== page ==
Ethics Commission says voters have given Zimmerman a greater sanction than it ever could
Monday, November 14, 2016 by Cate Malek
Austin’s Ethics Commission dismissed a complaint against City Council Member Don Zimmerman on Nov. 9, saying there was no sanction it could give him greater than being voted out of office.
Commissioners voted 5-3 in favor of the complainant. But, in order for the motion to pass, the commission needed six supporting votes, or two-thirds of the 11-member commission. Three members of the commission — Ben Stratmann, Brian Thompson and Debra Danbury — were absent.
Commissioners said the meeting’s low attendance might have been due to traffic, as downtown was completely shut down that evening because of a protest against President-elect Donald Trump that drew hundreds of people. Zimmerman was also not in attendance, although his lawyer sent a statement on his behalf.
The complaint was brought by Cathy Morgan, a retired high school math teacher with deep roots in Austin who took issue with Zimmerman’s response to Austin’s campaign finance rules.
Candidates for Council have the option of agreeing to strict spending limits in exchange for public funding from the city’s fair campaign fund. Although very few candidates choose to take this option, those who don’t are required to write on their campaign mailers, “This campaign has not agreed to comply with the contribution and expenditure limits of the Austin Fair Campaign Chapter.”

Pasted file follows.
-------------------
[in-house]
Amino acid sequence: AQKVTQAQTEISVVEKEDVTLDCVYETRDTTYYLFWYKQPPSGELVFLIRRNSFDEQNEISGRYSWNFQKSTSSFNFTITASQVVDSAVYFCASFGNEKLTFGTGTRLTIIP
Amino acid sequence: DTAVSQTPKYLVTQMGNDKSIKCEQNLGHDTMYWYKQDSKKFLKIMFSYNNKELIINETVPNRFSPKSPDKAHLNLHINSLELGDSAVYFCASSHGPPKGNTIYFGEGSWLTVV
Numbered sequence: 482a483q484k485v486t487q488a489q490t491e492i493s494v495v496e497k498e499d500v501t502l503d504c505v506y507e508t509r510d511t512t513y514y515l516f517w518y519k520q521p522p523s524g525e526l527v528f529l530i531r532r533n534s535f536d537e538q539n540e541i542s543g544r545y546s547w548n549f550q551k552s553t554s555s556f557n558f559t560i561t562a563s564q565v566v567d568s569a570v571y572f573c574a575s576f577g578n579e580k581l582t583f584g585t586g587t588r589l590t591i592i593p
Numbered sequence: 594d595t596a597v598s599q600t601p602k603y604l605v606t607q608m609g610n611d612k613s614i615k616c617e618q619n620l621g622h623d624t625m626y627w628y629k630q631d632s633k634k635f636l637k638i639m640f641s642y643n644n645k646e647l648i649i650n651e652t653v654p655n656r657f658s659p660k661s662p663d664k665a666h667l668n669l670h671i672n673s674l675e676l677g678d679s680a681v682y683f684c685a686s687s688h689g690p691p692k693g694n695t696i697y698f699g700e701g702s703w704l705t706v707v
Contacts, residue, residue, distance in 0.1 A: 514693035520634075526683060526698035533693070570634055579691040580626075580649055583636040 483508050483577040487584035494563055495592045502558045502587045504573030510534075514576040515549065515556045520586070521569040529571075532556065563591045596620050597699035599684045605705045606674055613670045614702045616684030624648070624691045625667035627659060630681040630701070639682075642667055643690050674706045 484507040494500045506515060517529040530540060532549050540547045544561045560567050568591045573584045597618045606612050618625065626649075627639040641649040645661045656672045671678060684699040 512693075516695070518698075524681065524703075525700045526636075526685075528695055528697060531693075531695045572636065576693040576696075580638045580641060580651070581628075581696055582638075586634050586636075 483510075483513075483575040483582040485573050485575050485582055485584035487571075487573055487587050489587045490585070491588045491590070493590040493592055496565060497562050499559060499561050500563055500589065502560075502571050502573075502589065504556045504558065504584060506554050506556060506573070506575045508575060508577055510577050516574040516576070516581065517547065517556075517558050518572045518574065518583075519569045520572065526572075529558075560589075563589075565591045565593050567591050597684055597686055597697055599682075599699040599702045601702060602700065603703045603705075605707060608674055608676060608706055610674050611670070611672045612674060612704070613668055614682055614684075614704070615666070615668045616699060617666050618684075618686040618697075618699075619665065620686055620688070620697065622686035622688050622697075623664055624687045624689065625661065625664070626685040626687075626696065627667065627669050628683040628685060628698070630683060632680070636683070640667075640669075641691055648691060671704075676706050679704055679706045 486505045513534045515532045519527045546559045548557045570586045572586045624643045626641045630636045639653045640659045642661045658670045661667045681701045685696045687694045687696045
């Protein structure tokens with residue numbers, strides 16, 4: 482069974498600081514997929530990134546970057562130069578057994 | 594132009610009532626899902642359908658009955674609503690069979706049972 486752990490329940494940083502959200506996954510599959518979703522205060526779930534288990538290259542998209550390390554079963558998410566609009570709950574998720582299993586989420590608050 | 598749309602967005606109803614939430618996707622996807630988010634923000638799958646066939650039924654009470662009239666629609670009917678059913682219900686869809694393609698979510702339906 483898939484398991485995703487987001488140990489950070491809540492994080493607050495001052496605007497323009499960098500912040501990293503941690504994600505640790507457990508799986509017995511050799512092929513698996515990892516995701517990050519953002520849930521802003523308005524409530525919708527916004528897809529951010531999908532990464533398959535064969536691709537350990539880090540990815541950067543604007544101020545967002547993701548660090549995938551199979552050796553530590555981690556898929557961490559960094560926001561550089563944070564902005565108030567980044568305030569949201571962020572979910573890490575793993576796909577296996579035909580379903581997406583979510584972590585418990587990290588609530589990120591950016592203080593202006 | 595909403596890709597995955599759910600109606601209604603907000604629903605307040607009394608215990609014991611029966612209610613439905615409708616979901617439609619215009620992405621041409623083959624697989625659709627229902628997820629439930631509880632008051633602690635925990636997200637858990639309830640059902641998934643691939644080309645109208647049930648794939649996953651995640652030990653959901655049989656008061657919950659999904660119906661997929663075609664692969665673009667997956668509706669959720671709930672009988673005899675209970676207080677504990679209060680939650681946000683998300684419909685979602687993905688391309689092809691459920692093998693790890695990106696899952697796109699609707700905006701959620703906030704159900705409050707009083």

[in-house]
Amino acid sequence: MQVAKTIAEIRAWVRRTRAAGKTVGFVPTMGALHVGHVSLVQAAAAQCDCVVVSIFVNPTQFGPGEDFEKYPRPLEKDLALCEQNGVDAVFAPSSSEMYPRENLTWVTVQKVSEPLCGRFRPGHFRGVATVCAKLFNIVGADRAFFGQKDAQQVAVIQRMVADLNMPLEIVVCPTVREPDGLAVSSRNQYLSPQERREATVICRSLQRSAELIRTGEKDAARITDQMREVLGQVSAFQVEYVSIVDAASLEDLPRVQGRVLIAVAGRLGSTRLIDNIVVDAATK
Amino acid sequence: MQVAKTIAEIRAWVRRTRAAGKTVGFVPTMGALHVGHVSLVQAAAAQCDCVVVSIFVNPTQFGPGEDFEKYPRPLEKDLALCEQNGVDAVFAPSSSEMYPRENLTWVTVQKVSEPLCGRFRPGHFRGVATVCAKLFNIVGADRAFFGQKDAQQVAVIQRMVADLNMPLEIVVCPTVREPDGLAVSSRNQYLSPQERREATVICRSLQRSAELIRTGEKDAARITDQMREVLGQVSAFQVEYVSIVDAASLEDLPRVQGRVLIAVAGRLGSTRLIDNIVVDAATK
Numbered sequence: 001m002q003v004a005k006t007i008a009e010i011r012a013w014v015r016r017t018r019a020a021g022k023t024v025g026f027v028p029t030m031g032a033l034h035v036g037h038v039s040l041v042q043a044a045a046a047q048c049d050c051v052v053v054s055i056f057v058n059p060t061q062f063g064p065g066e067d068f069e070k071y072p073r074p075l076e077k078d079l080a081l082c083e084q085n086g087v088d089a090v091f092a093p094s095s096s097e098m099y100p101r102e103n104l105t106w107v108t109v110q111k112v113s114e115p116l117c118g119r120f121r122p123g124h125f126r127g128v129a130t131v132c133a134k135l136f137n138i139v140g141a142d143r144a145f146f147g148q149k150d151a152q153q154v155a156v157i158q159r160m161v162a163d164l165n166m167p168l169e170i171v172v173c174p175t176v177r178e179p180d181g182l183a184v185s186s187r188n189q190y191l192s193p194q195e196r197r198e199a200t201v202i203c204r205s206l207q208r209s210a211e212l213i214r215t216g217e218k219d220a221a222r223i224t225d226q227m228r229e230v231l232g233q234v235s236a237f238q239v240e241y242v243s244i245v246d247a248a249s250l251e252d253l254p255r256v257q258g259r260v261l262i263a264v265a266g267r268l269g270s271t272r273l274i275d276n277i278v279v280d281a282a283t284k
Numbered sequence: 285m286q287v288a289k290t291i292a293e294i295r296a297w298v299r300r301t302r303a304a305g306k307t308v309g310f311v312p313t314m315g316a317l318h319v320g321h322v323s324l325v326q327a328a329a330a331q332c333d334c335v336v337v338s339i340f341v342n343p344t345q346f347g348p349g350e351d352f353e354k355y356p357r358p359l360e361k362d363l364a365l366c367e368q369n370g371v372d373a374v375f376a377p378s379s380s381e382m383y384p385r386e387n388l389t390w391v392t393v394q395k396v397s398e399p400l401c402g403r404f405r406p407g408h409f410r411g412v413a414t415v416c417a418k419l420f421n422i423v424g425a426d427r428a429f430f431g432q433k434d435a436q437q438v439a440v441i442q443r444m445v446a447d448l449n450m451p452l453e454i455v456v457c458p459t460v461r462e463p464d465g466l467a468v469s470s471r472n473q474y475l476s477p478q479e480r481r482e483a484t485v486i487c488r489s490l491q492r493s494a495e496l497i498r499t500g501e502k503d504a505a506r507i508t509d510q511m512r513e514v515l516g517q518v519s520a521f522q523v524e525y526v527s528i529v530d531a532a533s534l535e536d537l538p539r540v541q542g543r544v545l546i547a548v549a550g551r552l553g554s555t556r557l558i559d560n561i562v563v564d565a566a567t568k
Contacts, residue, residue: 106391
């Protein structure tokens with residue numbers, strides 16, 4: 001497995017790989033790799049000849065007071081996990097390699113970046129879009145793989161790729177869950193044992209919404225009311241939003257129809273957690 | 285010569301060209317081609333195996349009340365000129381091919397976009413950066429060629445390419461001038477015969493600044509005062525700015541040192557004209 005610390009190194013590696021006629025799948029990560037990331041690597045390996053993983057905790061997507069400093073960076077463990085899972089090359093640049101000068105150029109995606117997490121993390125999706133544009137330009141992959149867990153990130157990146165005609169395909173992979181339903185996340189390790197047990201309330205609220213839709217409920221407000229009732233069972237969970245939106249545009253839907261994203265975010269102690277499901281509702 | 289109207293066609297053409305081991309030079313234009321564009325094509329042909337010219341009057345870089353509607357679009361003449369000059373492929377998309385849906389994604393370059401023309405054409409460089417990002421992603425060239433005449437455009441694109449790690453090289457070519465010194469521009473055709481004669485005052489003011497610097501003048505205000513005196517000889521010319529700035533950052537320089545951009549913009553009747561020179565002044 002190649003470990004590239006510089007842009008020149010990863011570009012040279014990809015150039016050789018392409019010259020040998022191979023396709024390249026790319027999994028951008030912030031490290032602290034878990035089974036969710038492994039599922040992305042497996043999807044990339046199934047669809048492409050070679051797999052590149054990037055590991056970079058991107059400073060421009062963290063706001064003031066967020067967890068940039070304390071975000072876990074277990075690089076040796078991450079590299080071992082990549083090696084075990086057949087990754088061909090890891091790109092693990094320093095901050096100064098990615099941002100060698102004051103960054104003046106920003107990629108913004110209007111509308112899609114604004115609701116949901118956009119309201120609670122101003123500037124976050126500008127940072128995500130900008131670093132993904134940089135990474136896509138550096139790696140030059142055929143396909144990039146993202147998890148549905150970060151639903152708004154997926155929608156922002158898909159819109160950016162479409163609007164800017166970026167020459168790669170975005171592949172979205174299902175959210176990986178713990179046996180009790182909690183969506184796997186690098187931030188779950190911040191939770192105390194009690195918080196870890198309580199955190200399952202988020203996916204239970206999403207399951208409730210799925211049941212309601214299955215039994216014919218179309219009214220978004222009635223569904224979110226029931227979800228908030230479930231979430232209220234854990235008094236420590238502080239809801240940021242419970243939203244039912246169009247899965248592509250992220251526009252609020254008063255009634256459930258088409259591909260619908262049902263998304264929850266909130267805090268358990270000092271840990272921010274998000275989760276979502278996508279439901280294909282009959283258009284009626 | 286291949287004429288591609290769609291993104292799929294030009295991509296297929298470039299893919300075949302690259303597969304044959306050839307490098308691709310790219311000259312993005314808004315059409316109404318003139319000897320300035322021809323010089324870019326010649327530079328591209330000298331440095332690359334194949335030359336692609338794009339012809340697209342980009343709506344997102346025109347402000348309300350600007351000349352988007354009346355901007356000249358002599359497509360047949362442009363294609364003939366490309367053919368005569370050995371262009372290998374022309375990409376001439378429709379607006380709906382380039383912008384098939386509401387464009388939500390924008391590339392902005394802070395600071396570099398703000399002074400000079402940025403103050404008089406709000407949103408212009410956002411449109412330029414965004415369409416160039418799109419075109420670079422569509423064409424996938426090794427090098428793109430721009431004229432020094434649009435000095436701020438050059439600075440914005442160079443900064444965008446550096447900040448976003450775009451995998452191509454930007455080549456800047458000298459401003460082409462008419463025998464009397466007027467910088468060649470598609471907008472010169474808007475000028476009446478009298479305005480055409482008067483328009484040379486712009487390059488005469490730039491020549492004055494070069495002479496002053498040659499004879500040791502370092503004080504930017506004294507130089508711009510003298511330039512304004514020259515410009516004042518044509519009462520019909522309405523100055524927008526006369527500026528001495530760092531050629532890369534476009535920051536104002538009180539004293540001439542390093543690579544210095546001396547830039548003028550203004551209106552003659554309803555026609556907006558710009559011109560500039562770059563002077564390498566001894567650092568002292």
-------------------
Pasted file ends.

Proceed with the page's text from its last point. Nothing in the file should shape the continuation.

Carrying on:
Zimmerman followed the requirement during his campaign but changed the wording to say, “This campaign has not agreed to comply with the contribution and expenditure limits of the so-called ‘Fair’ Campaign Chapter.”
When Morgan received one of those mailers, she said she found Zimmerman’s language to be editorializing and called it disrespectful.
“If you want to make changes, then there are ways to go about making changes. But this is not the way,” she said.
Three members of the Ethics Commission thought the complaint wasn’t solid enough to pursue. Commissioner Kenneth Smith said that although people may see Zimmerman’s wording as mocking the city rules, he had in fact followed them.
But five members of the commission were ready to pursue the complaint, saying that he changed the wording in order to make a political statement. Commissioners originally thought the motion had passed and were ready to proceed with the complaint. But after some discussion, they realized that they were one vote shy and let the complaint slide. Multiple commissioners noted that there was nothing they could do to Zimmerman that the voters in his district hadn’t already done.
“I don’t think any sanction we could give him could be worse than the sanction that the voters gave him,” said Chair Peter Einhorn.
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Photo by That Other Paper made available through a Creative Commons license.
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